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Eur Urol. 2001 Aug;40(2):231-8.

High-throughput microarray technologies: from genomics to clinics.

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  • 1Institute for Pathology, University of Basel, Switzerland.



Despite continuous research efforts in the past decades, there are still cancers where no effective treatment is available, such as advanced kidney cancer or hormone-refractory prostate cancer. A better understanding of the molecular mechanisms of cancer development and progression is the basis for the development of new diagnostic and therapeutic strategies. Current developments in genomics have a dramatic impact on the whole field of research. The sequence of the entire human genome will soon be fully sequenced and provide the 'book of life' as a basis for the understanding of human disease.


New technologies have emerged to translate the human genome sequence into gene function and improved diagnostics or treatment modalities. New technologies such as microarrays are not only important for fundamental research, but will also be useful for diagnostic, prognostic or therapeutic purposes in individual patients. DNA microarrays make it possible to analyze the mRNA expression of thousands of genes simultaneously. The resulting comprehensive gene expression surveys lead to the identification of new genes and pathways with importance in cancer development and progression, or as targets for new therapies. The validation and prioritization of genes emerging from genome screening analyses in large series of clinical tumors has become a new bottleneck in research. Therefore, we have recently developed the tissue microarray (TMA) technology to efficiently test the clinical relevance of candidate genes. TMAs are microscope slides containing samples from hundreds of individual tumor specimens. They can be used for large-scale, massively parallel in situ analysis of genetic alterations on a DNA, RNA and protein level using in situ hybridization or immunohistochemistry on hundreds of tumor specimens at a time. Microarray technologies are already increasingly being used in urologic research, and will also have a strong impact on clinical urology.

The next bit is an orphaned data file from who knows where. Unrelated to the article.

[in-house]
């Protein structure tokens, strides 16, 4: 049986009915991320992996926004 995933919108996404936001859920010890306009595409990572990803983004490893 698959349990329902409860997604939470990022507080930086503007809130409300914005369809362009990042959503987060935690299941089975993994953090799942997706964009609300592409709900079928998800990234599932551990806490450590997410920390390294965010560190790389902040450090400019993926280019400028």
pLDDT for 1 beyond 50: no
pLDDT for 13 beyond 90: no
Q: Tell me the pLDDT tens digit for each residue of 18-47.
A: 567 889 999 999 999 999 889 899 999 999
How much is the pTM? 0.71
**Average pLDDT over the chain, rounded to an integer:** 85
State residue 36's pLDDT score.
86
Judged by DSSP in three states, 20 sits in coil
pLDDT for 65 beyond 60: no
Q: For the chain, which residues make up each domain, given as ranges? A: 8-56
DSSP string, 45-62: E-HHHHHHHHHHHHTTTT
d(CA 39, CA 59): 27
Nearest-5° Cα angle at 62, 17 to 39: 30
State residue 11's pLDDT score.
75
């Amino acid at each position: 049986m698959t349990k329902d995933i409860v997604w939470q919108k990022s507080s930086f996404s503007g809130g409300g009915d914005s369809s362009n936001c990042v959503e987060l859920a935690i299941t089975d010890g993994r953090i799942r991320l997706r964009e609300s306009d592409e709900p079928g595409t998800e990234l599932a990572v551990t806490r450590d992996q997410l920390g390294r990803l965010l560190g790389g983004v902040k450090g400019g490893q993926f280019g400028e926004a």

DNA microarrays and TMAs provide a powerful approach to identify large numbers of new candidate genes, and rapidly validate their clinical impact in large series of human tumors. These technologies will soon lead to a better molecular understanding of urologic tumors, and accelerate the identification of new prognostic markers or therapeutic targets.

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